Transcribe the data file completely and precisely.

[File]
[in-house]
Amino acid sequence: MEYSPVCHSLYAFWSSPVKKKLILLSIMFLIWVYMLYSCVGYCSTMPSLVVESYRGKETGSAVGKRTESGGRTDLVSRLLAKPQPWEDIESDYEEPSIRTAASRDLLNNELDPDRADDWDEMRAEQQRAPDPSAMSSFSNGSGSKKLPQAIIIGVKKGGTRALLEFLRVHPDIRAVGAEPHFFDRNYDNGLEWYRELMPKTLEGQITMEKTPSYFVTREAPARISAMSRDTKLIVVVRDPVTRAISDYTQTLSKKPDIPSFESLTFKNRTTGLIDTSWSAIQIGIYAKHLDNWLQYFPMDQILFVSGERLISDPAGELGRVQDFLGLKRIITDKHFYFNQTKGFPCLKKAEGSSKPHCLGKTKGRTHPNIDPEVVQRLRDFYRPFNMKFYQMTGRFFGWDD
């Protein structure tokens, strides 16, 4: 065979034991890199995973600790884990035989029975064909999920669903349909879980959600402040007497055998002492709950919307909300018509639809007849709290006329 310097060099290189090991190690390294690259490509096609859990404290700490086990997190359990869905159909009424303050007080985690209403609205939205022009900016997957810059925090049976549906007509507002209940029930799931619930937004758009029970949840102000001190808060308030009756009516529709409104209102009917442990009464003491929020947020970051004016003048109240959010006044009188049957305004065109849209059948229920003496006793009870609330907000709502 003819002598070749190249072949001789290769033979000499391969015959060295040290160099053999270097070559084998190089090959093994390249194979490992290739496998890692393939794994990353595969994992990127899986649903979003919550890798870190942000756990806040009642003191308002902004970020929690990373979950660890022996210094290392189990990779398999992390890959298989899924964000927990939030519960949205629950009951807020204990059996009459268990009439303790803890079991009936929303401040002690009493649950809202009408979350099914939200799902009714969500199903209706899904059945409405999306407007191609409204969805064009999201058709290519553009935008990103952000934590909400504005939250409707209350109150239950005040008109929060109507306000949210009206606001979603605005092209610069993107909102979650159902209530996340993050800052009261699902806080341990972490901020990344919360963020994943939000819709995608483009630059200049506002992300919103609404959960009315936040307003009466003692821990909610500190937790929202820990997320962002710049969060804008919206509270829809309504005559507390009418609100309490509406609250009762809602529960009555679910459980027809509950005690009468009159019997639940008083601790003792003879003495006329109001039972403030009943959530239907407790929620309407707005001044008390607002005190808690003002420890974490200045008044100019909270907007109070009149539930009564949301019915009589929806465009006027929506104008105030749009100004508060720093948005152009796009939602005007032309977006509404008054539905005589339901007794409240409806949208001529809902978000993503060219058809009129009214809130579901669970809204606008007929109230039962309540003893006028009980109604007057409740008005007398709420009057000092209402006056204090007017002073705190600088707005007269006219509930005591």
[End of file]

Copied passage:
[in-house]
Amino acid sequence: MEYSPVCHSLYAFWSSPVKKKLILLSIMFLIWVYMLYSCVGYCSTMPSLVVESYRGKETGSAVGKRTESGGRTDLVSRLLAKPQPWEDIESDYEEPSIRTAASRDLLNNELDPDRADDWDEMRAEQQRAPDPSAMSSFSNGSGSKKLPQAIIIGVKKGGTRALLEFLRVHPDIRAVGAEPHFFDRNYDNGLEWYRELMPKTLEGQITMEKTPSYFVTREAPARISAMSRDTKLIVVVRDPVTRAISDYTQTLSKKPDIPSFESLTFKNRTTGLIDTSWSAIQIGIYAKHLDNWLQYFPMDQILFVSGERLISDPAGELGRVQDFLGLKRIITDKHFYFNQTKGFPCLKKAEGSSKPHCLGKTKGRTHPNIDPEVVQRLRDFYRPFNMKFYQMTGRFFGWDD
């Protein structure tokens, strides 16, 4: 065979034991890199995973600790884990035989029975064909999920669903349909879980959600402040007497055998002492709950919307909300018509639809007849709290006329 310097060099290189090991190690390294690259490509096609859990404290700490086990997190359990869905159909009424303050007080985690209403609205939205022009900016997957810059925090049976549906007509507002209940029930799931619930937004758009029970949840102000001190808060308030009756009516529709409104209102009917442990009464003491929020947020970051004016003048109240959010006044009188049957305004065109849209059948229920003496006793009870609330907000709502 003819002598070749190249072949001789290769033979000499391969015959060295040290160099053999270097070559084998190089090959093994390249194979490992290739496998890692393939794994990353595969994992990127899986649903979003919550890798870190942000756990806040009642003191308002902004970020929690990373979950660890022996210094290392189990990779398999992390890959298989899924964000927990939030519960949205629950009951807020204990059996009459268990009439303790803890079991009936929303401040002690009493649950809202009408979350099914939200799902009714969500199903209706899904059945409405999306407007191609409204969805064009999201058709290519553009935008990103952000934590909400504005939250409707209350109150239950005040008109929060109507306000949210009206606001979603605005092209610069993107909102979650159902209530996340993050800052009261699902806080341990972490901020990344919360963020994943939000819709995608483009630059200049506002992300919103609404959960009315936040307003009466003692821990909610500190937790929202820990997320962002710049969060804008919206509270829809309504005559507390009418609100309490509406609250009762809602529960009555679910459980027809509950005690009468009159019997639940008083601790003792003879003495006329109001039972403030009943959530239907407790929620309407707005001044008390607002005190808690003002420890974490200045008044100019909270907007109070009149539930009564949301019915009589929806465009006027929506104008105030749009100004508060720093948005152009796009939602005007032309977006509404008054539905005589339901007794409240409806949208001529809902978000993503060219058809009129009214809130579901669970809204606008007929109230039962309540003893006028009980109604007057409740008005007398709420009057000092209402006056204090007017002073705190600088707005007269006219509930005591």